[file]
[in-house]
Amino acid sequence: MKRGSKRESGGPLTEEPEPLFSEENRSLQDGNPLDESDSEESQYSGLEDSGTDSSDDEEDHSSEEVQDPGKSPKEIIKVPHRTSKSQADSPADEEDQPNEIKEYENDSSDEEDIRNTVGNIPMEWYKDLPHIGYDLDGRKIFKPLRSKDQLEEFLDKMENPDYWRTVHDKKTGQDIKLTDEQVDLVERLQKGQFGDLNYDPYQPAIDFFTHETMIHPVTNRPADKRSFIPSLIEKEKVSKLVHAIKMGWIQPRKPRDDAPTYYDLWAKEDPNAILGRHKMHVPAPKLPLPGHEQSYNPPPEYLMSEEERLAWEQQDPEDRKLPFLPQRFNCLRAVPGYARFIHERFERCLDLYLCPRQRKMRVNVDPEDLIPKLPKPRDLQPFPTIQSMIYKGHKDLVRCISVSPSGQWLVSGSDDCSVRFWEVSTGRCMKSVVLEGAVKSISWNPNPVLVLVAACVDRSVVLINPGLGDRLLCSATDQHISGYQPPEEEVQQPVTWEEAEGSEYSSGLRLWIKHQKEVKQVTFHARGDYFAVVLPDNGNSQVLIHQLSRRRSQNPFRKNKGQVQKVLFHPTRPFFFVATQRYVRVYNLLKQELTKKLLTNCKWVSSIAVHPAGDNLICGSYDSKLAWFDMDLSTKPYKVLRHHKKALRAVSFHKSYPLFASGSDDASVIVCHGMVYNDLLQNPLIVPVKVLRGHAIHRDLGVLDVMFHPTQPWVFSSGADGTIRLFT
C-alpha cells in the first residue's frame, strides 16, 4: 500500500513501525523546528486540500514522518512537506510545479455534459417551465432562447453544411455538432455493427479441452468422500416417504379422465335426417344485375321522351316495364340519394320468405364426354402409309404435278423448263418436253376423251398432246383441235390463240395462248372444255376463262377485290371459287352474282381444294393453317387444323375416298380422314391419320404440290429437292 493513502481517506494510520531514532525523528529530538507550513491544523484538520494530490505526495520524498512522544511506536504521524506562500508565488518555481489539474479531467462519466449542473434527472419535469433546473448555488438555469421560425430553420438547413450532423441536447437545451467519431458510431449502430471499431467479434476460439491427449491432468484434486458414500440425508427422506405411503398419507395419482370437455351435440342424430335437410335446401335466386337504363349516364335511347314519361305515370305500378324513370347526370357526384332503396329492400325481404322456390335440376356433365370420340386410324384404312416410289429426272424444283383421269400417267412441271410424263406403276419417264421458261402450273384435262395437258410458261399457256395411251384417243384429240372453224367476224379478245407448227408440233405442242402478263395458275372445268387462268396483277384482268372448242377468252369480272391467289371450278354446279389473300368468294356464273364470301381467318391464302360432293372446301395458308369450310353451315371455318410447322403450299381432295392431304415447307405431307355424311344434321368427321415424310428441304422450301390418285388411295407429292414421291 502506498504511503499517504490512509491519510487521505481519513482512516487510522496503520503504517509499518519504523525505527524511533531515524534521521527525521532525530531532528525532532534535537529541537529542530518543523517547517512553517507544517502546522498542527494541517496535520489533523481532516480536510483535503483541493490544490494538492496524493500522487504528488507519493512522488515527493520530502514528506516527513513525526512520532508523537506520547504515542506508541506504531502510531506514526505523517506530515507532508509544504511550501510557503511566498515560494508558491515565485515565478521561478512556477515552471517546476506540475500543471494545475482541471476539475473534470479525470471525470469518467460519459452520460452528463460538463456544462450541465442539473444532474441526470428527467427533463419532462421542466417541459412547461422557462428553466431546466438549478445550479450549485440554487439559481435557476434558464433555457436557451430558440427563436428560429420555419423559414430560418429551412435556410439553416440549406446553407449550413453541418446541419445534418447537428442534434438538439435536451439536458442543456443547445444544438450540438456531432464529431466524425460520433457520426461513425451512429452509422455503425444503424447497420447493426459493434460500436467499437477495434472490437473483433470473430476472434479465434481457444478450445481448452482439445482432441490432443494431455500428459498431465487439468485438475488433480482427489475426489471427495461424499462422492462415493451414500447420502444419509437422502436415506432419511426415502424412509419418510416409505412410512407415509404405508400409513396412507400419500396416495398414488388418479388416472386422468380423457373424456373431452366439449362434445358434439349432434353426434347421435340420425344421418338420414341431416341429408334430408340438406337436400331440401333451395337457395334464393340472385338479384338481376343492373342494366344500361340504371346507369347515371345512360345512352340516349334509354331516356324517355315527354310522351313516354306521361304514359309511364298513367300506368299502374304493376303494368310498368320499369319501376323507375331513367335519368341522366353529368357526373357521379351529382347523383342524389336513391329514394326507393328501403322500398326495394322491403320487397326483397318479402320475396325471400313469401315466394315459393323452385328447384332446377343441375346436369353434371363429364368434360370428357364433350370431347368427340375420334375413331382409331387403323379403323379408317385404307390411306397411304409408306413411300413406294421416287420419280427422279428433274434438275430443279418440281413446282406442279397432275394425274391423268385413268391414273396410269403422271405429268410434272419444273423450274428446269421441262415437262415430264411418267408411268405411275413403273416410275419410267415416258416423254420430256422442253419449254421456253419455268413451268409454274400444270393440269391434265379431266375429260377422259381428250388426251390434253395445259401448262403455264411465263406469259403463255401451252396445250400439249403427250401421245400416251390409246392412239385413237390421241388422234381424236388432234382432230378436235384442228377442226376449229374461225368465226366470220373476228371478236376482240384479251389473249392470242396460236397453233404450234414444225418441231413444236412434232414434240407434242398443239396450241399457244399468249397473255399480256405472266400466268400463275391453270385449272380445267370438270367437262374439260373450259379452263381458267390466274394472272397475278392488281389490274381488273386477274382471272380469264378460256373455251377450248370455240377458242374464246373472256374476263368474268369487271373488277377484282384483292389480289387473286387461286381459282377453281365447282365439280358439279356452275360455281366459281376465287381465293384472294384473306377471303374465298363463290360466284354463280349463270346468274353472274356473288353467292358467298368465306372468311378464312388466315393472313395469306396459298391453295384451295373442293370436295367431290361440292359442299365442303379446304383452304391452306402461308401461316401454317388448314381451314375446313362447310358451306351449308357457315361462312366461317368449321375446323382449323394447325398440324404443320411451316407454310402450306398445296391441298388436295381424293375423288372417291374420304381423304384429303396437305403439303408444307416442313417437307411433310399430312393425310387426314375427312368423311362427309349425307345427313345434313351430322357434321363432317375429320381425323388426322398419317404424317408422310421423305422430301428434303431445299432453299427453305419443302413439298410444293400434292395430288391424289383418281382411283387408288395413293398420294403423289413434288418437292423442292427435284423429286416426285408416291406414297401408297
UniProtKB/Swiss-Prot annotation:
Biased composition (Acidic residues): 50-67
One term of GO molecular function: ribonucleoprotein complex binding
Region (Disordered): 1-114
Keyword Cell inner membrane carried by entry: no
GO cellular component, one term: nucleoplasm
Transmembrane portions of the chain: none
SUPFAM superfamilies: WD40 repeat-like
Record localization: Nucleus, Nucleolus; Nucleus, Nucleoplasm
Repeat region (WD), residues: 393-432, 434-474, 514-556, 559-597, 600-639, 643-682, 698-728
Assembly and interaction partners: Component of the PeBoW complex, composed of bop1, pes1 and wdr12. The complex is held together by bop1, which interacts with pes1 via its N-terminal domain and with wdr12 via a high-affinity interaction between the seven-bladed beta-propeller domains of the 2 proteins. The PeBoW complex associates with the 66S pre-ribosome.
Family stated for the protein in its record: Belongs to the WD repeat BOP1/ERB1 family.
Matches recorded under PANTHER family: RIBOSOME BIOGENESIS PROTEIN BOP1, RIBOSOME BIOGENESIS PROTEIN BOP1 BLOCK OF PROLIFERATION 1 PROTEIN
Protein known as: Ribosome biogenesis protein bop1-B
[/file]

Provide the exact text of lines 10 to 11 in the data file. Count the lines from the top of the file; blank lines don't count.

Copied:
Transmembrane portions of the chain: none
SUPFAM superfamilies: WD40 repeat-like